A bill signed into law on March 12, 2010 amends the law governing operation of Low-Speed Vehicles (previously “Neighborhood Electric Vehicles”) on certain highways, and gives municipalities some authority over this issue.
The new law redefines Neighborhood Electric Vehicles as Low-Speed Vehicles (LSVs), conforming to the federal motor vehicle safety standards’ terminology and definition. It eliminates the requirement that LSVs be operated by electric power, and authorizes their operation on highways under the jurisdiction of a municipality or county with speed limits of 35 miles per hour or less. The new law also allows LSVs to be operated at intersections crossing state trunk highways, connecting highways, expressways, freeways or controlled-access highways in certain circumstances. LSVs are limited to operating at a maximum of 25 miles per hour.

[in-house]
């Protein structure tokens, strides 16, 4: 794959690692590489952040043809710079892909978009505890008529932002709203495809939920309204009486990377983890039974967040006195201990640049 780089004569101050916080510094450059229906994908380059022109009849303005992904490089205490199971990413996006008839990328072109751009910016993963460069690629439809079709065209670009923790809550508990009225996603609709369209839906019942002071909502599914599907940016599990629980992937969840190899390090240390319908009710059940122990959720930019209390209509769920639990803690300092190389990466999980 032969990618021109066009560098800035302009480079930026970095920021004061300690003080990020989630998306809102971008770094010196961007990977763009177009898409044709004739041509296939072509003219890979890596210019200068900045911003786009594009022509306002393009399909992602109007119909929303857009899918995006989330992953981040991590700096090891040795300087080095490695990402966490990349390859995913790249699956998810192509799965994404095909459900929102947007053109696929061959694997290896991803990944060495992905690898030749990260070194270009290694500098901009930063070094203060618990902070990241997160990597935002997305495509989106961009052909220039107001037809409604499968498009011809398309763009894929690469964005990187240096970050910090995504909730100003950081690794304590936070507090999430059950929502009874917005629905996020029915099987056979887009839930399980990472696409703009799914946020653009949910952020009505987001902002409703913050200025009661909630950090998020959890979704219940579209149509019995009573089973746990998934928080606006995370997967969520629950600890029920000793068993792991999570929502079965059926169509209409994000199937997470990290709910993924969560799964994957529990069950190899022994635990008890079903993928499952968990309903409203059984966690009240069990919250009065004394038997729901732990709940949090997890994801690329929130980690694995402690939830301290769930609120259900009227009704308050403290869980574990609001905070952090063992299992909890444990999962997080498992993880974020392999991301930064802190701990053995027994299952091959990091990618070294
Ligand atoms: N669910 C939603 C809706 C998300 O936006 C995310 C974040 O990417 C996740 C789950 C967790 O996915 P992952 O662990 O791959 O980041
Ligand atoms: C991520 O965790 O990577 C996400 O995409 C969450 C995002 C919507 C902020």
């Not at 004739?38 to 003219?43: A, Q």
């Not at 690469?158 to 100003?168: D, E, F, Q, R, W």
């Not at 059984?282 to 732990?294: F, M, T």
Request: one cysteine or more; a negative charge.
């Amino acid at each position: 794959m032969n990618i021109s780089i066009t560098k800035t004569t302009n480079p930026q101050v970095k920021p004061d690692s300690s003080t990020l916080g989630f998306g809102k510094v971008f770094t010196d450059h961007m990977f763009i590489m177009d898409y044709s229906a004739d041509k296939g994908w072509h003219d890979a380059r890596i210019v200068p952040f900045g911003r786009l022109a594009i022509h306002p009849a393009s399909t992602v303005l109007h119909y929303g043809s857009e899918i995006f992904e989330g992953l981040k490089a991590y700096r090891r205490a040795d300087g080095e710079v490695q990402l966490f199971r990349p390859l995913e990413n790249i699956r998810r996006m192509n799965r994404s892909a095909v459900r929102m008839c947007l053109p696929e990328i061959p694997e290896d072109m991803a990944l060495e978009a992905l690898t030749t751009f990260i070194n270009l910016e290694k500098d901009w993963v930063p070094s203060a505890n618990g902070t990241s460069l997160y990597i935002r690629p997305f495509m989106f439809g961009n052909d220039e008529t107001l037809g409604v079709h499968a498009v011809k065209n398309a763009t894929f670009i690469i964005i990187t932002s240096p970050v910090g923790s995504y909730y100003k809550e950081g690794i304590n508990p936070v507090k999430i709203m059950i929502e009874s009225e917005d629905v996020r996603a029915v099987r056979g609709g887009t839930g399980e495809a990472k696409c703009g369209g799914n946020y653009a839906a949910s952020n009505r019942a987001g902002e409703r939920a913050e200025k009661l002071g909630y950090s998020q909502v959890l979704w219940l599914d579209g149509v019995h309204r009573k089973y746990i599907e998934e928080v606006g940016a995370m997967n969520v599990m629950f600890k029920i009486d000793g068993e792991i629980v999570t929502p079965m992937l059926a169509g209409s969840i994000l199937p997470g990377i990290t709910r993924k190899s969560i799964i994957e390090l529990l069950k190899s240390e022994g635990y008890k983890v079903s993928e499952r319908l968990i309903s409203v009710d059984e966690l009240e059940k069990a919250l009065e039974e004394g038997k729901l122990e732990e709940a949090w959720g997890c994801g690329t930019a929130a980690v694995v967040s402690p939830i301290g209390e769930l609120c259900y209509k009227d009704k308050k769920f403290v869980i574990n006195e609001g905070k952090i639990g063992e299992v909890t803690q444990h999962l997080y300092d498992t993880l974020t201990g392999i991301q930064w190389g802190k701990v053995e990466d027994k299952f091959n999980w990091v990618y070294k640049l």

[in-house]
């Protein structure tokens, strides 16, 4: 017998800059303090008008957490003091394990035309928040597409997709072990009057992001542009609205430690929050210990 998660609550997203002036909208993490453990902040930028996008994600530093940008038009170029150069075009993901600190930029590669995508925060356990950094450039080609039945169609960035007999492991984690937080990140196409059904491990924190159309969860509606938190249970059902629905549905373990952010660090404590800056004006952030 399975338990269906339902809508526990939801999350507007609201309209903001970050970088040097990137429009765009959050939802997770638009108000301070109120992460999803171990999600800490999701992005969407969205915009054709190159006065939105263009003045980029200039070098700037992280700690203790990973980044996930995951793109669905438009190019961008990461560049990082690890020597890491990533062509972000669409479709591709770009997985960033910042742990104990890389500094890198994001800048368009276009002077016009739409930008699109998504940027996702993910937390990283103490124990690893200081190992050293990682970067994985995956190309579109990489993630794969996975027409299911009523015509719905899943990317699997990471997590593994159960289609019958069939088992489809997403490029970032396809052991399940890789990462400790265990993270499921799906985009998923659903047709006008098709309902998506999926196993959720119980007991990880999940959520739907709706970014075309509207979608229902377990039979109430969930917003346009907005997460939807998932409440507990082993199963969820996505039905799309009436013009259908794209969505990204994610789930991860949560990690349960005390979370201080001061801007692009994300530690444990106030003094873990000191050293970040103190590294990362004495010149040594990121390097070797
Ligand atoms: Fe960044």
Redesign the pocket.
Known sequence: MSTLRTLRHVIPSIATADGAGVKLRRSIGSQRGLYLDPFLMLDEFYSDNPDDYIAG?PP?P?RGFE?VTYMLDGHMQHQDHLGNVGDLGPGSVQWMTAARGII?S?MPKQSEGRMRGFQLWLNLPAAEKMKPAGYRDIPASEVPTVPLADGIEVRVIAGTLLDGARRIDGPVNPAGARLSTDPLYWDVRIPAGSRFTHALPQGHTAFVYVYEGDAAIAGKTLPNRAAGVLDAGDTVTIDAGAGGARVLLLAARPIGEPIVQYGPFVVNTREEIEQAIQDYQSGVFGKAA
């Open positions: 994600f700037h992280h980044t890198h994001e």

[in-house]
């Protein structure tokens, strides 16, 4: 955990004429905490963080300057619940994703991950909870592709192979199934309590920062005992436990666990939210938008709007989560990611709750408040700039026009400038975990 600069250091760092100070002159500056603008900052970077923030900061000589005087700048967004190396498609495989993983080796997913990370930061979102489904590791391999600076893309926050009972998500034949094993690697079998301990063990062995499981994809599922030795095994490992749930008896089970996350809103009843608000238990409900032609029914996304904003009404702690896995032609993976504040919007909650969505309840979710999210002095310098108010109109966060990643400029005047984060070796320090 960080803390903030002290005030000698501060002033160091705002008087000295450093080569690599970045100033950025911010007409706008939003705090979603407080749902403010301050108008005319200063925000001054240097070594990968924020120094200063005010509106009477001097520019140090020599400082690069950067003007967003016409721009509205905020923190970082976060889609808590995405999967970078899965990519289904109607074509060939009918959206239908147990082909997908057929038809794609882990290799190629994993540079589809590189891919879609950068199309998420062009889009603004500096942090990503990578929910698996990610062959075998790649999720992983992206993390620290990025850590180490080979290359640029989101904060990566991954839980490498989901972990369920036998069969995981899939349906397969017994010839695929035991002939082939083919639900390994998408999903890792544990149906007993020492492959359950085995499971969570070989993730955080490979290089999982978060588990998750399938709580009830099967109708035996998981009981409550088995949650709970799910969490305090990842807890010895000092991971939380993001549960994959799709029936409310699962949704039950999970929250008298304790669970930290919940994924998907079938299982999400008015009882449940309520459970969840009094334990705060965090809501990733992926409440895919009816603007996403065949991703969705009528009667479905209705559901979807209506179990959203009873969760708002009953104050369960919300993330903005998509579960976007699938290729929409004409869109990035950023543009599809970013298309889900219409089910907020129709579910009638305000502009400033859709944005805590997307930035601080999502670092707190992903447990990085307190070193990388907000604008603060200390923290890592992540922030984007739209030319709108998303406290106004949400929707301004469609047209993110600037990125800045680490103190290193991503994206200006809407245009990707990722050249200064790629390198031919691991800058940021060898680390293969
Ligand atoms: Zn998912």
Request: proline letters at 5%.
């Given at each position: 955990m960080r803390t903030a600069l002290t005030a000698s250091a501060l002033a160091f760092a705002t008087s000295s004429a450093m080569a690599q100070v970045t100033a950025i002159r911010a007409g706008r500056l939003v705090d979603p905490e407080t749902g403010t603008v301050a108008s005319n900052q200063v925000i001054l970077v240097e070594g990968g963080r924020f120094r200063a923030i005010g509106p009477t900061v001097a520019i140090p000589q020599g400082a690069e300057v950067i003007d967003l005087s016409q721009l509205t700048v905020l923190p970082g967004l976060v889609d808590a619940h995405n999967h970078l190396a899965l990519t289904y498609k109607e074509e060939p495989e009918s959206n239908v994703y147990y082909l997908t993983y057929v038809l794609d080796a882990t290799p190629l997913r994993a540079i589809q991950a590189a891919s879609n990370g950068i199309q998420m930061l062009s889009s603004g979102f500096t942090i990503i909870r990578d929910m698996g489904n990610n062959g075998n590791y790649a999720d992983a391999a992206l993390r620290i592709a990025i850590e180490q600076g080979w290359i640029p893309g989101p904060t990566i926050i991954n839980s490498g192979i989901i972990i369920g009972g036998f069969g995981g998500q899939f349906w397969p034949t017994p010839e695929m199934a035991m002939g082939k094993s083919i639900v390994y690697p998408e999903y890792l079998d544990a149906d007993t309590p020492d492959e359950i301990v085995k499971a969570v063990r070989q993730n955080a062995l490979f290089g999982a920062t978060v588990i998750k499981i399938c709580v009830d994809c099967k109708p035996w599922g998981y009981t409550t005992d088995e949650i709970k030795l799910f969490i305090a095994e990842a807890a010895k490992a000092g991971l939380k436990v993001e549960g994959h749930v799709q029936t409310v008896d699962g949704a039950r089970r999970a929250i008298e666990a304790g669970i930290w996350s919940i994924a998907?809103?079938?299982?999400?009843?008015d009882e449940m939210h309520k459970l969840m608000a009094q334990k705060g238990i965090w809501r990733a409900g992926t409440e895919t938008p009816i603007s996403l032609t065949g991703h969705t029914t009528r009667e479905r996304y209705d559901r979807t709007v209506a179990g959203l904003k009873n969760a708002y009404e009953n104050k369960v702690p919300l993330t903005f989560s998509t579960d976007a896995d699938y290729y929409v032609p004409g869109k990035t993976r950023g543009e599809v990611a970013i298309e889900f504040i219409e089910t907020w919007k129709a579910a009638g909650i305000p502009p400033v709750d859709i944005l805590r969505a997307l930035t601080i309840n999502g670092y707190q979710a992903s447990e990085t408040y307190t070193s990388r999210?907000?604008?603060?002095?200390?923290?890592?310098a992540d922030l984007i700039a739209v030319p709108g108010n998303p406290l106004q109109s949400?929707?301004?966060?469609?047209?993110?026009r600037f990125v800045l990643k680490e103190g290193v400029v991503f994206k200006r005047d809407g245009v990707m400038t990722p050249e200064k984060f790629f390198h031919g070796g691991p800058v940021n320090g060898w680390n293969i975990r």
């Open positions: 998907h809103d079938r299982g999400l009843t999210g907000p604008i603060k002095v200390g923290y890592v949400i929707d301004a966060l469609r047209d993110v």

However, a municipality may adopt an ordinance that either prohibits LSVs from highways under its jurisdiction, or allows LSVs on any roadway within the municipality with a speed limit of 35 miles per hour or less, whether or not under the municipality’s jurisdiction.